Question by Peter Van Alstyne, North Salt Lake, Utah 

Identifying the levels of importance the lake’s different areas hold is necessary. However, Dr. Patrick Belmont, a hydrologist and geomorphologist at Utah State University, said triaging which parts of the lake to focus on saving isn’t optimal at this point. 

“I’m not saying it’s necessarily the wrong choice,” Belmont said, “but we can save the whole lake.”

He said different parts of the lake do hold different value, however. Farmington Bay has some of “the greatest wildlife value” according to Belmont.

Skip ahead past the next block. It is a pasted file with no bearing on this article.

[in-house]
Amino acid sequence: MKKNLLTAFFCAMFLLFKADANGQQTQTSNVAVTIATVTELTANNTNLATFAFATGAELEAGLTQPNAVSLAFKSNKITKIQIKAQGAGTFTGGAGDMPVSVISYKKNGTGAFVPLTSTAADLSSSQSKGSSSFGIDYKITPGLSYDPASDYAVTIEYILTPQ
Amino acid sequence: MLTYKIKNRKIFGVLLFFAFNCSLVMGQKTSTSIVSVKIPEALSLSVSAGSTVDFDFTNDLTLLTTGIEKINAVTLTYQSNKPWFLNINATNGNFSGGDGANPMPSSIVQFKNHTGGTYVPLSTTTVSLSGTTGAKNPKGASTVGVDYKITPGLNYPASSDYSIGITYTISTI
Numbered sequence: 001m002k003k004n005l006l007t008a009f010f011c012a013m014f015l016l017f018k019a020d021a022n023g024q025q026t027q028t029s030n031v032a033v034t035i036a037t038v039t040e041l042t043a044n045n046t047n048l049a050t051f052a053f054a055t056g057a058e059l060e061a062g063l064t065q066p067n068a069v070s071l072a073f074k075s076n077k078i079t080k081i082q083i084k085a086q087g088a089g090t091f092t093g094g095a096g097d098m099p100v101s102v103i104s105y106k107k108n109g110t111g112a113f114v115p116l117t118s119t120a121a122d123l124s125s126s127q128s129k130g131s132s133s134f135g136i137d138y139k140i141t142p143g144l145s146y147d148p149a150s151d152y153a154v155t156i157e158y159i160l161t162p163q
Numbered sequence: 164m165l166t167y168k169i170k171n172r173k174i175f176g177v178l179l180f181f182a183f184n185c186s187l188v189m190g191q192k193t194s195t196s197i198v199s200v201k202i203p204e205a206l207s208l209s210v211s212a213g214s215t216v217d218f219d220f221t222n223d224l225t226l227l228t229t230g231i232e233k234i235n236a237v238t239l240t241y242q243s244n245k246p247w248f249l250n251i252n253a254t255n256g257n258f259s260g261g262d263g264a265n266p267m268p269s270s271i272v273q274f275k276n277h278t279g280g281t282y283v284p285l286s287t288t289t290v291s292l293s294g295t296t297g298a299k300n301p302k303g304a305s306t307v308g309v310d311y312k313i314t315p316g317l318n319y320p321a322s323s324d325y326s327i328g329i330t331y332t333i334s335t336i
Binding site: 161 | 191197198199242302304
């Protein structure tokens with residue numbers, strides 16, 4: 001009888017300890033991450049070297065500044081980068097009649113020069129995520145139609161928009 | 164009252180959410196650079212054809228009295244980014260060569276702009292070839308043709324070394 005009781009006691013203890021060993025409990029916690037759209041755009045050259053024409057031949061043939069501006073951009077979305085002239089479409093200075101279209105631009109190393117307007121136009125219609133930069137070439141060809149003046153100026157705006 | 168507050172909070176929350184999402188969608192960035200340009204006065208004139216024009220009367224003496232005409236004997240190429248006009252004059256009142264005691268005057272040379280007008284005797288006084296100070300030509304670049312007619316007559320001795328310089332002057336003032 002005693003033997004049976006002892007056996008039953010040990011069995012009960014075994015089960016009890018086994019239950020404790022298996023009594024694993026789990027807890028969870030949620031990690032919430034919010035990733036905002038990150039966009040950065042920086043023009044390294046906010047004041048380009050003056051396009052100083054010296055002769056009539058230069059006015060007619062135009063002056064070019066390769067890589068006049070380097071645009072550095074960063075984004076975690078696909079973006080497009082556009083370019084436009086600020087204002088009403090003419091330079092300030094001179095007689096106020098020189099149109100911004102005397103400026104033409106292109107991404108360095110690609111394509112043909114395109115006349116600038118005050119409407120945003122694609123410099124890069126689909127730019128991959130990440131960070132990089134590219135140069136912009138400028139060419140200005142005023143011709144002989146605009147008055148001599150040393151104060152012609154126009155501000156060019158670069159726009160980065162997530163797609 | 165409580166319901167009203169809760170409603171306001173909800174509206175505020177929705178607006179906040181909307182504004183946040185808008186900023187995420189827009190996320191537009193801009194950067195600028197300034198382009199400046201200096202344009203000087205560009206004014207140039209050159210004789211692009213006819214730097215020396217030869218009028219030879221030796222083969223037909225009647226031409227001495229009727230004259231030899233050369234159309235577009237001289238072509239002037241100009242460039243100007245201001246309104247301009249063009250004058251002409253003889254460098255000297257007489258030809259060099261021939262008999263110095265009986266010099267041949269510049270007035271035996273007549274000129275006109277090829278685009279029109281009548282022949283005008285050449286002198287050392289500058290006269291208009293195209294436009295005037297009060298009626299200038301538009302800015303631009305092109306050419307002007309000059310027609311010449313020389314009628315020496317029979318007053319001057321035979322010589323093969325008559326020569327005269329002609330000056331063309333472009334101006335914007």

“Saving Farmington Bay would be a high priority in terms of preserving some of the natural ecosystem,” Belmont said. 

Saving Farmington Bay is important for air quality as well. 

“Farmington Bay has lower salinity, so it doesn’t create quite as much of that salty crust that kind of stabilizes the soils,” Belmont said. This means Farmington Bay will generate more dust as water decreases.

 Belmont said the north arm of the lake is the hardest to save. But he would rather save this part of the lake, too. The north arm is very valuable to the mineral extraction industry. 

However, if this part of the lake desiccated, evaporation over the entire lake would go down, according to Belmont. This would allow more water to flow to the south arm. 

“It’s one way to slow down the loss,” he said.

—Reported and written by McCaulee Blackburn